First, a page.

Remember to use your knowledge of social media and email to play offense. That information can be both a sword and a shield. Instead of just using it to protect your client, use that knowledge to your advantage in discovery. Securing the accounts is not just about protecting private communications and information, but also about gathering useful evidence. Imagine a sexual harassment case where a harasser sends a series of lewd, private Facebook messages. If retained on a case like this, immediately download your client’s Facebook account and create a PDF of the offensive messages in order to attach them as exhibits in a demand letter. Electronically stored information (“ESI”) like this can be extremely powerful evidence; make sure to take proper steps in order to use it.
Lastly, make regular use of requests for ESI in discovery. Supervisors who engage in sexual harassment may send lewd pictures and jokes using their work email accounts. That information is relevant in a hostile work environment sexual harassment case. Get comfortable demanding all emails containing certain keywords so you can find out what sort of damaging ESI exists. Opposing counsel has the same obligations to preserve this information as you do. Use that not only to shield your client’s privacy, but to help prove that your client has been harassed or discriminated against.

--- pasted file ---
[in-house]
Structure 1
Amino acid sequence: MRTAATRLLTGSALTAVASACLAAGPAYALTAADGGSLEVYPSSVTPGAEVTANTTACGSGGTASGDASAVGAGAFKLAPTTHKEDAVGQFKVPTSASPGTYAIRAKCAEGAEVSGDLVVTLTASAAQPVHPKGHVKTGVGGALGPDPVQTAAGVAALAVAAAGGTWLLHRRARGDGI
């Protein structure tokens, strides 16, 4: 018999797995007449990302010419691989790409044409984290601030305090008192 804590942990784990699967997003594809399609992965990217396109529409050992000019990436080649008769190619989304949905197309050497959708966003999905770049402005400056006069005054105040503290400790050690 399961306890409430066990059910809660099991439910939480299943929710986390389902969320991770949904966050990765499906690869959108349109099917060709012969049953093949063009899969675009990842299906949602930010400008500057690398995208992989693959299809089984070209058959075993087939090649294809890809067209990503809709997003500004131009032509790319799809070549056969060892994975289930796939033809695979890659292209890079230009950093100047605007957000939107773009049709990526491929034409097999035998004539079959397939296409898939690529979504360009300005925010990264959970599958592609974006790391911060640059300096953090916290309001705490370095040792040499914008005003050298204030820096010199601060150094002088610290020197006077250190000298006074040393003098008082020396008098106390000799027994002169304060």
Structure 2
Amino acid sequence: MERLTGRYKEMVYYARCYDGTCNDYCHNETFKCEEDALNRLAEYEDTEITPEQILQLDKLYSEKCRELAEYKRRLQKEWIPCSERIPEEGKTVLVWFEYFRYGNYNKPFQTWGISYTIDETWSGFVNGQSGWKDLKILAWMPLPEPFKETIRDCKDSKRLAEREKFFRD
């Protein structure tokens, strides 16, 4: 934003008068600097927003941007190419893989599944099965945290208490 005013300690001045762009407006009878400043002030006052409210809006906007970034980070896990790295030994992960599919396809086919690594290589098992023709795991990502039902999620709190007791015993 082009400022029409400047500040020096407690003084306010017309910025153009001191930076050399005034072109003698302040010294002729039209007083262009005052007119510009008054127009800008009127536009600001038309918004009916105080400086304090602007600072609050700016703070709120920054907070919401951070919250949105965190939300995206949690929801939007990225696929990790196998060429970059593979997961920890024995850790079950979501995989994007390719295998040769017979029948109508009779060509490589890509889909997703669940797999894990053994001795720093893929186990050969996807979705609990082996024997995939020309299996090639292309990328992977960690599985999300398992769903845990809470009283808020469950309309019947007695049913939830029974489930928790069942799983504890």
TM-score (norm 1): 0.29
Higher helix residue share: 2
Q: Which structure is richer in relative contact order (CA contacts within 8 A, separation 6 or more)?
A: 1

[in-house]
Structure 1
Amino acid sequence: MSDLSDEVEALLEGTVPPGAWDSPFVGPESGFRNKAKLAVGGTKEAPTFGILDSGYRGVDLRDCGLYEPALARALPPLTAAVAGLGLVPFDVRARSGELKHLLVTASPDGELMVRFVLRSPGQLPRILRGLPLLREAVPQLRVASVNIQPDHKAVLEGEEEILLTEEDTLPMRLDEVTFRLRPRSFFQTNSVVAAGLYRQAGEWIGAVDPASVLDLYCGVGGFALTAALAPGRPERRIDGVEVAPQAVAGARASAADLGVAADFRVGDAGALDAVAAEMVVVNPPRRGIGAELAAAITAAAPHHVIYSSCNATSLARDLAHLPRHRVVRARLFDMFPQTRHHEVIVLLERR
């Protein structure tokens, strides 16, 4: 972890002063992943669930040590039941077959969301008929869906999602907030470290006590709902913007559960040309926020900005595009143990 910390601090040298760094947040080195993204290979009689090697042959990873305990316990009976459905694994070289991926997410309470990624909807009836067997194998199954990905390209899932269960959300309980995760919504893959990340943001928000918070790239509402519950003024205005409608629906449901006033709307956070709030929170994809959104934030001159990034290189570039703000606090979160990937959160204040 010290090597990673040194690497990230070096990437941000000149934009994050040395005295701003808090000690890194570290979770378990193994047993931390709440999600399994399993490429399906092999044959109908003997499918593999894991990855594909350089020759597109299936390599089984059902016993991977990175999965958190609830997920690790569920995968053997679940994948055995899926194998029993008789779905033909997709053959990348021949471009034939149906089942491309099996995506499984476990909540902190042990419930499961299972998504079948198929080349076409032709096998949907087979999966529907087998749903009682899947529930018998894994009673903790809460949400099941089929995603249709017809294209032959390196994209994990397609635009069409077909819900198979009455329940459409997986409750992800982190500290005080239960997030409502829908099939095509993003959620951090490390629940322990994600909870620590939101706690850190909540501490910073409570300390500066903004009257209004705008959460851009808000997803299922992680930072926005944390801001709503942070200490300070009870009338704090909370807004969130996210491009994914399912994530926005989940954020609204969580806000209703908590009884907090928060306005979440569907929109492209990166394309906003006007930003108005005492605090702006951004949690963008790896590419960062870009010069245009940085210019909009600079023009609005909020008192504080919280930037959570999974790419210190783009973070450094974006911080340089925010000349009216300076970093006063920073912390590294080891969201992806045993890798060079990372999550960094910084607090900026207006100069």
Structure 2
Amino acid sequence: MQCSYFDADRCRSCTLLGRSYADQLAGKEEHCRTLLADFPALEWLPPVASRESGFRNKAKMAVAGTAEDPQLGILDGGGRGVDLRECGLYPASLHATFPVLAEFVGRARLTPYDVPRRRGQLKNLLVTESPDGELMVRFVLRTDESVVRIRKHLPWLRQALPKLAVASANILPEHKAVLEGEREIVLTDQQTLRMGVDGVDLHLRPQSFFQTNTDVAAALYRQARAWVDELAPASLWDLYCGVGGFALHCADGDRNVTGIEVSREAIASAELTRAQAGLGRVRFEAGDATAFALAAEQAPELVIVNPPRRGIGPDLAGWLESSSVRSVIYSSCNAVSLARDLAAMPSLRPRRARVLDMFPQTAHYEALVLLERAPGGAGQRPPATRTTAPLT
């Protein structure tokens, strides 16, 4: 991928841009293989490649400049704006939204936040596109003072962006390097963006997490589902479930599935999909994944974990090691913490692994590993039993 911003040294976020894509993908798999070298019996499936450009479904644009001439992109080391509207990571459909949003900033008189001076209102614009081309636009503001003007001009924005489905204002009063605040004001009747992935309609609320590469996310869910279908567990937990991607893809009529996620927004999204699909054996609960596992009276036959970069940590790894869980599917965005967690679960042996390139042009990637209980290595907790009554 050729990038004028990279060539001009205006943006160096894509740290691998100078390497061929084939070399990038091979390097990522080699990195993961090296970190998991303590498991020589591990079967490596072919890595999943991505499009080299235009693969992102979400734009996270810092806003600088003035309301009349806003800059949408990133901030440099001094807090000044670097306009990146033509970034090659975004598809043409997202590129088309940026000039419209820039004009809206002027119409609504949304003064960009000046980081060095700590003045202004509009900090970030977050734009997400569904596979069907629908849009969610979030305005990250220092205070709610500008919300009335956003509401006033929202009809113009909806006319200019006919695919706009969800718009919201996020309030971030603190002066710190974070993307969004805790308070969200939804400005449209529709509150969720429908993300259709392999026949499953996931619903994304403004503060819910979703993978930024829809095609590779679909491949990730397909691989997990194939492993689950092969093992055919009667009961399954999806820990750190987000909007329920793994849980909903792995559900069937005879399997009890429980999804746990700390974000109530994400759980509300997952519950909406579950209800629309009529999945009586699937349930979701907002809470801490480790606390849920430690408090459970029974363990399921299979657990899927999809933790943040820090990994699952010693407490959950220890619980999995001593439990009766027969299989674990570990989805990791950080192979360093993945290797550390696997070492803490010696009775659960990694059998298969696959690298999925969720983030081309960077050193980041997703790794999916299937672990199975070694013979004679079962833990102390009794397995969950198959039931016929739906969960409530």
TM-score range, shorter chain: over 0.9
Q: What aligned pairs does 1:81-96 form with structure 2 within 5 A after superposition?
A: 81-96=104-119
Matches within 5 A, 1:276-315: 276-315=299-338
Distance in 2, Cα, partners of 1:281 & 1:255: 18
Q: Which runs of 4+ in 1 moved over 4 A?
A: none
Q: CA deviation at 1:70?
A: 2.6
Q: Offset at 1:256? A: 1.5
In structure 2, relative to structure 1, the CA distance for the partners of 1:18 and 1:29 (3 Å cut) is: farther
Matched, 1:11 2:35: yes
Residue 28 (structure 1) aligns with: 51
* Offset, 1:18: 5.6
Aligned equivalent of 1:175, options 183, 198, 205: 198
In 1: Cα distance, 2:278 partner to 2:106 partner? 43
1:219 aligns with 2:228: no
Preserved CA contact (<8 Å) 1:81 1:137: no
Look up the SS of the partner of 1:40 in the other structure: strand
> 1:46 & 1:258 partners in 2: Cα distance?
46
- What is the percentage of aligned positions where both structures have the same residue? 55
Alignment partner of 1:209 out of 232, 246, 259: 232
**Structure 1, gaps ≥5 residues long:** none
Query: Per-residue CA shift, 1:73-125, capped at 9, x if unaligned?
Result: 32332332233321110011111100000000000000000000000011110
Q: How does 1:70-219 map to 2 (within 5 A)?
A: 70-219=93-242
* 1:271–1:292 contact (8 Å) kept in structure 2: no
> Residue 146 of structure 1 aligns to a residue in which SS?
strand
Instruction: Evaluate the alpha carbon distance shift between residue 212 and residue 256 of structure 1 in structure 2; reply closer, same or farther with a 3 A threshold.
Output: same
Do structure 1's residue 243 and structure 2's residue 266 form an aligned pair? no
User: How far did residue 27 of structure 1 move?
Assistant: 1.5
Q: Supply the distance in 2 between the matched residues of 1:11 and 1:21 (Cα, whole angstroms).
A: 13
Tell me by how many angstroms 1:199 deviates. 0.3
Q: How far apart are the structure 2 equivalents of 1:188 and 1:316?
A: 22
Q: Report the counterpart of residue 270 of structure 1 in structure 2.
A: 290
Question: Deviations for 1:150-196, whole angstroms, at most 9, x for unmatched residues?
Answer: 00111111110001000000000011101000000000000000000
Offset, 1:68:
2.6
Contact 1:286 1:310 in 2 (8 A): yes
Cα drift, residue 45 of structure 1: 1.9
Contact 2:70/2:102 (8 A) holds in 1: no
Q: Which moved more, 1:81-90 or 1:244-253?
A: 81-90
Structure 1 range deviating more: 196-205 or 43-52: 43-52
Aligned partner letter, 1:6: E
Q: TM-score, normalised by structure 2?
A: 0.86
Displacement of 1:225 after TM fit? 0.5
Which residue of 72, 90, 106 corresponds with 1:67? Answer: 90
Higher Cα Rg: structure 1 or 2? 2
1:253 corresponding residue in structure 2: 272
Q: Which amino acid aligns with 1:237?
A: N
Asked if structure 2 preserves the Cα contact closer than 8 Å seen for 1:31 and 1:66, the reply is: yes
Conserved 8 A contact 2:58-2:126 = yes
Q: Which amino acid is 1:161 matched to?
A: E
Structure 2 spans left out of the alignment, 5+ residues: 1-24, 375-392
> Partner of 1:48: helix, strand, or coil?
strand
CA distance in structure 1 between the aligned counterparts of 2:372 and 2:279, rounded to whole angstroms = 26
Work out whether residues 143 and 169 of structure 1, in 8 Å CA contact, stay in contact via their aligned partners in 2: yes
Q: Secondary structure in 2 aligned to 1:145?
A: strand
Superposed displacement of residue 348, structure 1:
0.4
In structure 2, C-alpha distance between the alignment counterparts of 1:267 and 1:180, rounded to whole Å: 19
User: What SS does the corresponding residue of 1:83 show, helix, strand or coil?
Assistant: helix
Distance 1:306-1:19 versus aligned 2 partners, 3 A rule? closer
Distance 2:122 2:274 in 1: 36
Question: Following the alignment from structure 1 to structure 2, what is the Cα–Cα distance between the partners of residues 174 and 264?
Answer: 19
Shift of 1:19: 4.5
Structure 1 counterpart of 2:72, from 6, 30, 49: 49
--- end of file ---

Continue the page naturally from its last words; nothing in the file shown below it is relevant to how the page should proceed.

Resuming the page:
Young lawyers have the advantage of growing up with access to social media and email. Utilize this advantage by helping protect your discrimination client from overly invasive discovery requests and by obtaining relevant evidence from their employer.
About the Author:
Max Barack is a plaintiff-side civil rights employment lawyer. He has worked at Favaro & Gorman, Ltd. since January 2017. He represents victims of sexual, racial, national origin, age, and disability harassment, discrimination, retaliation, wage theft, and whistleblowers. Max has given presentations on the difficulties and best practices for handling social media and other forms of electronic discovery in litigation and Illinois employees’ workplace privacy rights. He has extensive experience with electronic discovery in the context of civil rights cases. He has performed in-depth research on and helped write an article on the rights of public employees. He is a member of the National Employment Lawyers Association (NELA) Illinois Chapter, the Illinois State Bar Association, the Chicago Bar Association, and the Decalogue Society. Max speaks Spanish and represents Spanish-speaking plaintiffs in a variety of employment-related cases.
Max grew up in the Chicago area. He graduated from Chicago-Kent College of Law in 2013, where he was a member of the Moot Court Honor Society and served on student government. Previously, he attended the University of Michigan and graduated with honors and a bachelor’s degree in history. He still lives in Chicago.
Click here to read Max’s full bio.